Take the liquid you have collected into a container and strain it using a calico cloth to remove large particles. When it has been strained, place the juice in a large pot.
The size of the pot will depend on how much juice you have. Generally, the pan should be 15 cm deep
Step 4. Place the pan on a heat source, such as a stove, and bring to a boil
When bubbling, turn off the heat and set it to a constant temperature that is high enough to maintain a regular boil. Simmer for six hours and remove the green substance that forms on the surface of the molasses.
- Stir frequently for six hours so the sugar doesn't stick to the bottom of the pan.
- Remove the green substance with a large spoon.
Step 5. Turn off the fire
You can do this when the molasses has changed from green to yellow, or when it is thick and small filaments appear when you mix. Turn off the heat and remove the pot from the stove. At this point, you can let it cool or boil again two or three more times to get a thicker, darker molasses.
- Light molasses are produced at the first boil. They are thinner and sweeter than molasses that has been boiled two or three more times.
- Dark molasses is a product of the second boil. They are darker, thicker, less sweet and have a stronger flavor than light molasses.
- Black molasses is a product of the third and final boil. They are the thickest, the darkest and the least sweet.
Step 6. Bottle the molasses
When you are satisfied with the color and consistency, place the molasses in a container while it is hot, as it is easier to handle it warm. Also remember to use a closed container. If using glass, heat it before transferring the hot molasses as the glass may break. Store in an area at room temperature (or cooler) for up to 18 months.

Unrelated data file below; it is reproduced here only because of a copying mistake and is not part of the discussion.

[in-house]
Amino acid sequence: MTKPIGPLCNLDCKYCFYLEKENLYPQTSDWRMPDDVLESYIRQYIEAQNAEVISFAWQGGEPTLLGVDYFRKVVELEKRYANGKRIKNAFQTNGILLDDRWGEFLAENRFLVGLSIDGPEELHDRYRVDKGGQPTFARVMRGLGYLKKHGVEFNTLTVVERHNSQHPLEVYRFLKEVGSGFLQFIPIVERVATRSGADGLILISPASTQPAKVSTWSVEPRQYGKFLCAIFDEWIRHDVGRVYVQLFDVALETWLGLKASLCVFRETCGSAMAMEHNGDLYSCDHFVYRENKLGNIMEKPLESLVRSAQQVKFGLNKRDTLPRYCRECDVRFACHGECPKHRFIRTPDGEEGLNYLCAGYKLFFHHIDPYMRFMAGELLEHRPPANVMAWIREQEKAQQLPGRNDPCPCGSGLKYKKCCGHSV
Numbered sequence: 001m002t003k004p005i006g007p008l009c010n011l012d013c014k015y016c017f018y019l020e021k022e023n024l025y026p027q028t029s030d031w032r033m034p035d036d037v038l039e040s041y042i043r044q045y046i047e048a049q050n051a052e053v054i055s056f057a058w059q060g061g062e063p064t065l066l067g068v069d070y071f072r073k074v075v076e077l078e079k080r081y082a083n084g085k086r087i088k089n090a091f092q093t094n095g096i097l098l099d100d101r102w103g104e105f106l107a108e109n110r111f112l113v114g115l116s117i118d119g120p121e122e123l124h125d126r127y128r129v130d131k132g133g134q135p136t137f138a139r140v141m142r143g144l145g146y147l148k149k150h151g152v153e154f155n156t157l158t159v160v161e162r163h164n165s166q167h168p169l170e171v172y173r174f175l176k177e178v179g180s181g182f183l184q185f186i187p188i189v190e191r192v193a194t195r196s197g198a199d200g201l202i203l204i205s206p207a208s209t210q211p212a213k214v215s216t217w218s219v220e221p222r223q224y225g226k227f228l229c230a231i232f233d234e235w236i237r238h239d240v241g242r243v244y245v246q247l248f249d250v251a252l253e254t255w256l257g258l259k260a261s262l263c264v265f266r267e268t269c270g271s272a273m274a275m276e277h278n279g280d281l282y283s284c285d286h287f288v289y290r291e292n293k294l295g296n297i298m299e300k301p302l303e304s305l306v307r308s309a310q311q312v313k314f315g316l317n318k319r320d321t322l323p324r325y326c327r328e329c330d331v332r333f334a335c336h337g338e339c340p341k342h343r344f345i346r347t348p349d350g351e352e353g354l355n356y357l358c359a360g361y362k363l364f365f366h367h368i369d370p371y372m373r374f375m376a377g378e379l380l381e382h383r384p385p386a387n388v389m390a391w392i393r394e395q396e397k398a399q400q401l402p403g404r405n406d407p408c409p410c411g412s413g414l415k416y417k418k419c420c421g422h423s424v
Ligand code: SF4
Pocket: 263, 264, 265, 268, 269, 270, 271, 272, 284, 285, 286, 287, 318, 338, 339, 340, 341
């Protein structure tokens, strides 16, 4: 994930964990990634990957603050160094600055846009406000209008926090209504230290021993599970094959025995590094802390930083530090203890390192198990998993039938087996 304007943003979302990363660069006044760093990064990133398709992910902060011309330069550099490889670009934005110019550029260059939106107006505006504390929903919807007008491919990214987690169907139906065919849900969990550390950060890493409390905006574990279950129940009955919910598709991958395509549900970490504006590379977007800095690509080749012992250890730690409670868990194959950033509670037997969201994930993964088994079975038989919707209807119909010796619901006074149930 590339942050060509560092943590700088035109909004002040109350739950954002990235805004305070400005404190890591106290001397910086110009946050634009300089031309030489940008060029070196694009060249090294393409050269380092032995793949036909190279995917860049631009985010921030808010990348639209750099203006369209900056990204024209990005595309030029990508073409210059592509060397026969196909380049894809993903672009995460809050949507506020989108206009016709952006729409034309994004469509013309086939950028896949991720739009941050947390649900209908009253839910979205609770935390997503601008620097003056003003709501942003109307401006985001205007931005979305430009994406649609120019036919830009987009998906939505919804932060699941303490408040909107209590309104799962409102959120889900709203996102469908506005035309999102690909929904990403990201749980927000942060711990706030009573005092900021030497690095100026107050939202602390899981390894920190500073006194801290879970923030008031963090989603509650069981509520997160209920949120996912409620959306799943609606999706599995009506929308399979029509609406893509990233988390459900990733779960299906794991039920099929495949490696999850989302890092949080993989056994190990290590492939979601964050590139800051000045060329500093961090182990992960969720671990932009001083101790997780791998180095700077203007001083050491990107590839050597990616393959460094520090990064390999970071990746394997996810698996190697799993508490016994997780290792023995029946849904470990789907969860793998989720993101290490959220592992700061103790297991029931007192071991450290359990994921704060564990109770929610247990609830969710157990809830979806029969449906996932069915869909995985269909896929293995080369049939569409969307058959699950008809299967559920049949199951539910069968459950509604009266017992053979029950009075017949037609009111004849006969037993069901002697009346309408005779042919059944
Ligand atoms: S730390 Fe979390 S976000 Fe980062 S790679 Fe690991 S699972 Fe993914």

The top layer will crystallize and turn to sugar after a while. You can remove this layer, crush it and store it in another container
Method 3 of 3: Making Pomegranate Molasses
Step 1. Choose to use pomegranate or fruit juice
Molasses can be made starting with the fruit or the juice, but it's easier to start with the juice because you'll need to separate the fruit and juice anyway. No matter which one you choose, the result will be the same.
Any type of pomegranate juice will do. Just make sure it's made from natural pomegranate instead of artificial flavor
Step 2. Open the pomegranate
You will need six to seven pomegranates. If you're starting with the fruit itself, you'll need to open it to get the juice out. First, find the crown. Then take a knife to garnish and make a circular incision in the crown. Make small cuts in the fruit and split into several sections. Remove the seeds leaving them loose. When you have opened the fruit, remove the seeds in a medium bowl containing water. Repeat this step for each of the six or seven pomegranates.
Place a newspaper or pieces of paper towels under the pomegranate while you are opening it
Step 3. Make pomegranate juice
You don't need to do this step if you've started with fruit juice. By now, most of the seeds should be floating in the water in the bowl. Remove the membrane from the bowl and drain the water. Then place the seed capsules in a blender and blend on high speed until it looks like a smoothie. After that, strain the juice through a fine mesh sieve and place it in a container.
You will have enough for 4 cups of juice
Step 4. Create the mixture by adding lemon and sugar to the juice
You will need ½ cup (100 g) of sugar and ¼ cup (50 ml) of lemon juice, which is the equivalent of a medium lemon. Shake well.
Adding the sugar and lemon leaves the molasses fresh for longer as well as giving it a sweet and sour taste
Step 5. Pour the mixture into a pan
Place the pan over medium/high heat and bring the mixture to a boil. Reduce heat to medium/low temperature when juice starts to bubble. The mixture should be bubbling slightly at this point. Simmer for an hour.
Stir occasionally during the boil to prevent the sugar from sticking to the bottom of the pan
Step 6. Check the mixture after an hour
Most of the liquids will have burned out by now. It is okay if the mixture is still a little runny as it will thicken when it cools. Remove pan from heat and let cool.
Allow the mixture to cool for at least 30 minutes. Take a look once in a while to see if it's cooled off
Step 7. Store the molasses
Put it in a jar, cap tightly, refrigerate it. The molasses will last for up to six months.